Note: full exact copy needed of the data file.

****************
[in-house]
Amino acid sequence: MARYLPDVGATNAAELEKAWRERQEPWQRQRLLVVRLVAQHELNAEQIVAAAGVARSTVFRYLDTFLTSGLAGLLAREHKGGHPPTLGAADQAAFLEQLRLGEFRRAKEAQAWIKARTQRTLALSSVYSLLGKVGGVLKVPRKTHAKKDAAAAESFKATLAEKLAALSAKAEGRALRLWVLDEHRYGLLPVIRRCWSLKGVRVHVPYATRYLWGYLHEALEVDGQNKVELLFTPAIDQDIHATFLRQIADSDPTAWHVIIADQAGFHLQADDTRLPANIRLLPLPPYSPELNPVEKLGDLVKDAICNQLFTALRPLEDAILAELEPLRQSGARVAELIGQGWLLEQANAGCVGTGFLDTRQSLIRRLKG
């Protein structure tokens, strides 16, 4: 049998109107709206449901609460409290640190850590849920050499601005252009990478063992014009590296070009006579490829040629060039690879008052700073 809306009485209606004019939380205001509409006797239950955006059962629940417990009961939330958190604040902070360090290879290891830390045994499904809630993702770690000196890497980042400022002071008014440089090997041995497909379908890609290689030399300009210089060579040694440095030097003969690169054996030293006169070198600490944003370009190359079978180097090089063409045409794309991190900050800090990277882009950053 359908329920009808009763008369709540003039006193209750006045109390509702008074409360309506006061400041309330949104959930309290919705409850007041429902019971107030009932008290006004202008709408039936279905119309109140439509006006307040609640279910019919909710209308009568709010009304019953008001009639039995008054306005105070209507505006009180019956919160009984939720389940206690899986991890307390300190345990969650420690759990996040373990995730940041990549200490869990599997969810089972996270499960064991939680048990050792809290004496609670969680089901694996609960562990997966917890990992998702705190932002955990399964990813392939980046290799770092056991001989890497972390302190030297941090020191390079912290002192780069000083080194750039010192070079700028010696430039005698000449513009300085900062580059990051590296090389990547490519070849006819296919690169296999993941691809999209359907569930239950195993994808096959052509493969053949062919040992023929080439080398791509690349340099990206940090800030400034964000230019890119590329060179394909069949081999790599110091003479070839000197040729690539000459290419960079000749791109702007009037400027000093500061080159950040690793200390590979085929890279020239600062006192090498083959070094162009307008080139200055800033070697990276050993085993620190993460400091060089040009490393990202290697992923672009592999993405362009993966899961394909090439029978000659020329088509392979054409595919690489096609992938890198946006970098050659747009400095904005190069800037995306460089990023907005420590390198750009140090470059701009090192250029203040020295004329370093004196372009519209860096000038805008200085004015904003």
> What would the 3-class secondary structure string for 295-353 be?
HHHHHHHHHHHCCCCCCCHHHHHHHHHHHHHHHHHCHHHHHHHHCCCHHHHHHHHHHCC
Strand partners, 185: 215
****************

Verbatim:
[in-house]
Amino acid sequence: MARYLPDVGATNAAELEKAWRERQEPWQRQRLLVVRLVAQHELNAEQIVAAAGVARSTVFRYLDTFLTSGLAGLLAREHKGGHPPTLGAADQAAFLEQLRLGEFRRAKEAQAWIKARTQRTLALSSVYSLLGKVGGVLKVPRKTHAKKDAAAAESFKATLAEKLAALSAKAEGRALRLWVLDEHRYGLLPVIRRCWSLKGVRVHVPYATRYLWGYLHEALEVDGQNKVELLFTPAIDQDIHATFLRQIADSDPTAWHVIIADQAGFHLQADDTRLPANIRLLPLPPYSPELNPVEKLGDLVKDAICNQLFTALRPLEDAILAELEPLRQSGARVAELIGQGWLLEQANAGCVGTGFLDTRQSLIRRLKG
């Protein structure tokens, strides 16, 4: 049998109107709206449901609460409290640190850590849920050499601005252009990478063992014009590296070009006579490829040629060039690879008052700073 809306009485209606004019939380205001509409006797239950955006059962629940417990009961939330958190604040902070360090290879290891830390045994499904809630993702770690000196890497980042400022002071008014440089090997041995497909379908890609290689030399300009210089060579040694440095030097003969690169054996030293006169070198600490944003370009190359079978180097090089063409045409794309991190900050800090990277882009950053 359908329920009808009763008369709540003039006193209750006045109390509702008074409360309506006061400041309330949104959930309290919705409850007041429902019971107030009932008290006004202008709408039936279905119309109140439509006006307040609640279910019919909710209308009568709010009304019953008001009639039995008054306005105070209507505006009180019956919160009984939720389940206690899986991890307390300190345990969650420690759990996040373990995730940041990549200490869990599997969810089972996270499960064991939680048990050792809290004496609670969680089901694996609960562990997966917890990992998702705190932002955990399964990813392939980046290799770092056991001989890497972390302190030297941090020191390079912290002192780069000083080194750039010192070079700028010696430039005698000449513009300085900062580059990051590296090389990547490519070849006819296919690169296999993941691809999209359907569930239950195993994808096959052509493969053949062919040992023929080439080398791509690349340099990206940090800030400034964000230019890119590329060179394909069949081999790599110091003479070839000197040729690539000459290419960079000749791109702007009037400027000093500061080159950040690793200390590979085929890279020239600062006192090498083959070094162009307008080139200055800033070697990276050993085993620190993460400091060089040009490393990202290697992923672009592999993405362009993966899961394909090439029978000659020329088509392979054409595919690489096609992938890198946006970098050659747009400095904005190069800037995306460089990023907005420590390198750009140090470059701009090192250029203040020295004329370093004196372009519209860096000038805008200085004015904003």
> What would the 3-class secondary structure string for 295-353 be?
HHHHHHHHHHHCCCCCCCHHHHHHHHHHHHHHHHHCHHHHHHHHCCCHHHHHHHHHHCC
Strand partners, 185: 215